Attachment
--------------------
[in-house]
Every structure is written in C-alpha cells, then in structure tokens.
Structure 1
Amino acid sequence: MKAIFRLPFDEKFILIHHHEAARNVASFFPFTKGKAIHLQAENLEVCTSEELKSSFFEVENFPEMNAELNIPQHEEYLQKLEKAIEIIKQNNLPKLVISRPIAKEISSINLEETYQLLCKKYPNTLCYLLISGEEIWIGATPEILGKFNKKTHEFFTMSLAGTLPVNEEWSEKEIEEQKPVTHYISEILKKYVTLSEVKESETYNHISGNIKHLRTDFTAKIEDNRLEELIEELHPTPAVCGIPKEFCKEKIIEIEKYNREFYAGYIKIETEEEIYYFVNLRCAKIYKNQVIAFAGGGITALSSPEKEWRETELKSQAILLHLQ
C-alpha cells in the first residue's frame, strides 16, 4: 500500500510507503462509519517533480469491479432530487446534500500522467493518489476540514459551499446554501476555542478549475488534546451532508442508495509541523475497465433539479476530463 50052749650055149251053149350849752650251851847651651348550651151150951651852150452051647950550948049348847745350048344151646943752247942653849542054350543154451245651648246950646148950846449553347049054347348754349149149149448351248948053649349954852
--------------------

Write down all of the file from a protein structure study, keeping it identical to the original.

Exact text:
[in-house]
Every structure is written in C-alpha cells, then in structure tokens.
Structure 1
Amino acid sequence: MKAIFRLPFDEKFILIHHHEAARNVASFFPFTKGKAIHLQAENLEVCTSEELKSSFFEVENFPEMNAELNIPQHEEYLQKLEKAIEIIKQNNLPKLVISRPIAKEISSINLEETYQLLCKKYPNTLCYLLISGEEIWIGATPEILGKFNKKTHEFFTMSLAGTLPVNEEWSEKEIEEQKPVTHYISEILKKYVTLSEVKESETYNHISGNIKHLRTDFTAKIEDNRLEELIEELHPTPAVCGIPKEFCKEKIIEIEKYNREFYAGYIKIETEEEIYYFVNLRCAKIYKNQVIAFAGGGITALSSPEKEWRETELKSQAILLHLQ
C-alpha cells in the first residue's frame, strides 16, 4: 500500500510507503462509519517533480469491479432530487446534500500522467493518489476540514459551499446554501476555542478549475488534546451532508442508495509541523475497465433539479476530463 50052749650055149251053149350849752650251851847651651348550651151150951651852150452051647950550948049348847745350048344151646943752247942653849542054350543154451245651648246950646148950846449553347049054347348754349149149149448351248948053649349954852